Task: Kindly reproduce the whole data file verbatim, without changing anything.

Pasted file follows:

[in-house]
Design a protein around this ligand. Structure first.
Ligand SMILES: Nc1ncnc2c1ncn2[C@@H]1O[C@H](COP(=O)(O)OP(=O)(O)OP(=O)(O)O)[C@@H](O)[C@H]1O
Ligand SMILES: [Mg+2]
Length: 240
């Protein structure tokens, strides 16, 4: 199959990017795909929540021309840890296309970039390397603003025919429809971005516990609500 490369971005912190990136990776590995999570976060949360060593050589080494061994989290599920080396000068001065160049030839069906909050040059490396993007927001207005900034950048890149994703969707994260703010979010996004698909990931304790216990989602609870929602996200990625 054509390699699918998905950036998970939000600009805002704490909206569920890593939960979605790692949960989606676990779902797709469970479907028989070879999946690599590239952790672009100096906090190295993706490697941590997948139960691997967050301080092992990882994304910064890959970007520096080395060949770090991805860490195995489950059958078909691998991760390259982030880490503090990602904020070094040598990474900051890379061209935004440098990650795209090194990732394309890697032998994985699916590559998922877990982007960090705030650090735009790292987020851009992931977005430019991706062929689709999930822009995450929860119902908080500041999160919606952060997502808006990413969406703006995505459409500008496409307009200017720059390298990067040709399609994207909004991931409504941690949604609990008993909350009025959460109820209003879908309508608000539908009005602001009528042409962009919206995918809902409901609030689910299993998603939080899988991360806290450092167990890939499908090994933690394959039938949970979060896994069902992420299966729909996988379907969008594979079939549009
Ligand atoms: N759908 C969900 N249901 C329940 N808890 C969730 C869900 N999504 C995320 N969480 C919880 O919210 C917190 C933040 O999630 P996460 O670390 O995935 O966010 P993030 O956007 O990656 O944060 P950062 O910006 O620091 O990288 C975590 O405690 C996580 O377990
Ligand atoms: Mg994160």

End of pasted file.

[in-house]
Design a protein around this ligand. Structure first.
Ligand SMILES: Nc1ncnc2c1ncn2[C@@H]1O[C@H](COP(=O)(O)OP(=O)(O)OP(=O)(O)O)[C@@H](O)[C@H]1O
Ligand SMILES: [Mg+2]
Length: 240
């Protein structure tokens, strides 16, 4: 199959990017795909929540021309840890296309970039390397603003025919429809971005516990609500 490369971005912190990136990776590995999570976060949360060593050589080494061994989290599920080396000068001065160049030839069906909050040059490396993007927001207005900034950048890149994703969707994260703010979010996004698909990931304790216990989602609870929602996200990625 054509390699699918998905950036998970939000600009805002704490909206569920890593939960979605790692949960989606676990779902797709469970479907028989070879999946690599590239952790672009100096906090190295993706490697941590997948139960691997967050301080092992990882994304910064890959970007520096080395060949770090991805860490195995489950059958078909691998991760390259982030880490503090990602904020070094040598990474900051890379061209935004440098990650795209090194990732394309890697032998994985699916590559998922877990982007960090705030650090735009790292987020851009992931977005430019991706062929689709999930822009995450929860119902908080500041999160919606952060997502808006990413969406703006995505459409500008496409307009200017720059390298990067040709399609994207909004991931409504941690949604609990008993909350009025959460109820209003879908309508608000539908009005602001009528042409962009919206995918809902409901609030689910299993998603939080899988991360806290450092167990890939499908090994933690394959039938949970979060896994069902992420299966729909996988379907969008594979079939549009
Ligand atoms: N759908 C969900 N249901 C329940 N808890 C969730 C869900 N999504 C995320 N969480 C919880 O919210 C917190 C933040 O999630 P996460 O670390 O995935 O966010 P993030 O956007 O990656 O944060 P950062 O910006 O620091 O990288 C975590 O405690 C996580 O377990
Ligand atoms: Mg994160």